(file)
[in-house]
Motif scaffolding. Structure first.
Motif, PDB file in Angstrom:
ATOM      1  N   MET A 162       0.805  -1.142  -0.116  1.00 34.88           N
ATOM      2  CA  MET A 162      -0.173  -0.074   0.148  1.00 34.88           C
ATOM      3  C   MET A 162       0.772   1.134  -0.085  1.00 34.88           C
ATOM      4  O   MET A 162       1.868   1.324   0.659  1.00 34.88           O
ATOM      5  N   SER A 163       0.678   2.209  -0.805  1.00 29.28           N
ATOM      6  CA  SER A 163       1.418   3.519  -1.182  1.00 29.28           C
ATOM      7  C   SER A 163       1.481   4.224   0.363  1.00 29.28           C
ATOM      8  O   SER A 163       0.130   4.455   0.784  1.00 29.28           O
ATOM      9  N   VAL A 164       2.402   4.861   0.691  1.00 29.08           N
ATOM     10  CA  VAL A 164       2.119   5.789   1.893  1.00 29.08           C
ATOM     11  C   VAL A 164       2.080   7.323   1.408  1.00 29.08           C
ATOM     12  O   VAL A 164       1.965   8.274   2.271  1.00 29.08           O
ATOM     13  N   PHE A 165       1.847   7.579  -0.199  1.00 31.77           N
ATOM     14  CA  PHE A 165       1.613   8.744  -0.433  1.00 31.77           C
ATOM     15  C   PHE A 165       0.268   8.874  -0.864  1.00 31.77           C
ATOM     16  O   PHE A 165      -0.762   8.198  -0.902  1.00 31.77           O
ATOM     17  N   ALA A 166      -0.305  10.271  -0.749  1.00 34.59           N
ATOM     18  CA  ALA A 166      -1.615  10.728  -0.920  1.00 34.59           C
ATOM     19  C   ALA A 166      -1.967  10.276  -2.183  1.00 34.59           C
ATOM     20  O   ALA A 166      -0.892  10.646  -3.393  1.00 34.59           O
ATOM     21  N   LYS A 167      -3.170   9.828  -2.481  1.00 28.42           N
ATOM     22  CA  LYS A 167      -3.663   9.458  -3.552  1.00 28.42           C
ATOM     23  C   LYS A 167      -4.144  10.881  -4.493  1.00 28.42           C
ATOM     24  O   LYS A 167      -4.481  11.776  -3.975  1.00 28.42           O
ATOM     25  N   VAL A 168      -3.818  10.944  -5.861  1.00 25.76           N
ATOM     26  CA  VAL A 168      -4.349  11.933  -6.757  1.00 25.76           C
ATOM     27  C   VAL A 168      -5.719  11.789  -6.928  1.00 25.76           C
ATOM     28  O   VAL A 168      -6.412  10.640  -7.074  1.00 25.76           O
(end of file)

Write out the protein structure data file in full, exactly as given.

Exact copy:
[in-house]
Motif scaffolding. Structure first.
Motif, PDB file in Angstrom:
ATOM      1  N   MET A 162       0.805  -1.142  -0.116  1.00 34.88           N
ATOM      2  CA  MET A 162      -0.173  -0.074   0.148  1.00 34.88           C
ATOM      3  C   MET A 162       0.772   1.134  -0.085  1.00 34.88           C
ATOM      4  O   MET A 162       1.868   1.324   0.659  1.00 34.88           O
ATOM      5  N   SER A 163       0.678   2.209  -0.805  1.00 29.28           N
ATOM      6  CA  SER A 163       1.418   3.519  -1.182  1.00 29.28           C
ATOM      7  C   SER A 163       1.481   4.224   0.363  1.00 29.28           C
ATOM      8  O   SER A 163       0.130   4.455   0.784  1.00 29.28           O
ATOM      9  N   VAL A 164       2.402   4.861   0.691  1.00 29.08           N
ATOM     10  CA  VAL A 164       2.119   5.789   1.893  1.00 29.08           C
ATOM     11  C   VAL A 164       2.080   7.323   1.408  1.00 29.08           C
ATOM     12  O   VAL A 164       1.965   8.274   2.271  1.00 29.08           O
ATOM     13  N   PHE A 165       1.847   7.579  -0.199  1.00 31.77           N
ATOM     14  CA  PHE A 165       1.613   8.744  -0.433  1.00 31.77           C
ATOM     15  C   PHE A 165       0.268   8.874  -0.864  1.00 31.77           C
ATOM     16  O   PHE A 165      -0.762   8.198  -0.902  1.00 31.77           O
ATOM     17  N   ALA A 166      -0.305  10.271  -0.749  1.00 34.59           N
ATOM     18  CA  ALA A 166      -1.615  10.728  -0.920  1.00 34.59           C
ATOM     19  C   ALA A 166      -1.967  10.276  -2.183  1.00 34.59           C
ATOM     20  O   ALA A 166      -0.892  10.646  -3.393  1.00 34.59           O
ATOM     21  N   LYS A 167      -3.170   9.828  -2.481  1.00 28.42           N
ATOM     22  CA  LYS A 167      -3.663   9.458  -3.552  1.00 28.42           C
ATOM     23  C   LYS A 167      -4.144  10.881  -4.493  1.00 28.42           C
ATOM     24  O   LYS A 167      -4.481  11.776  -3.975  1.00 28.42           O
ATOM     25  N   VAL A 168      -3.818  10.944  -5.861  1.00 25.76           N
ATOM     26  CA  VAL A 168      -4.349  11.933  -6.757  1.00 25.76           C
ATOM     27  C   VAL A 168      -5.719  11.789  -6.928  1.00 25.76           C
ATOM     28  O   VAL A 168      -6.412  10.640  -7.074  1.00 25.76           O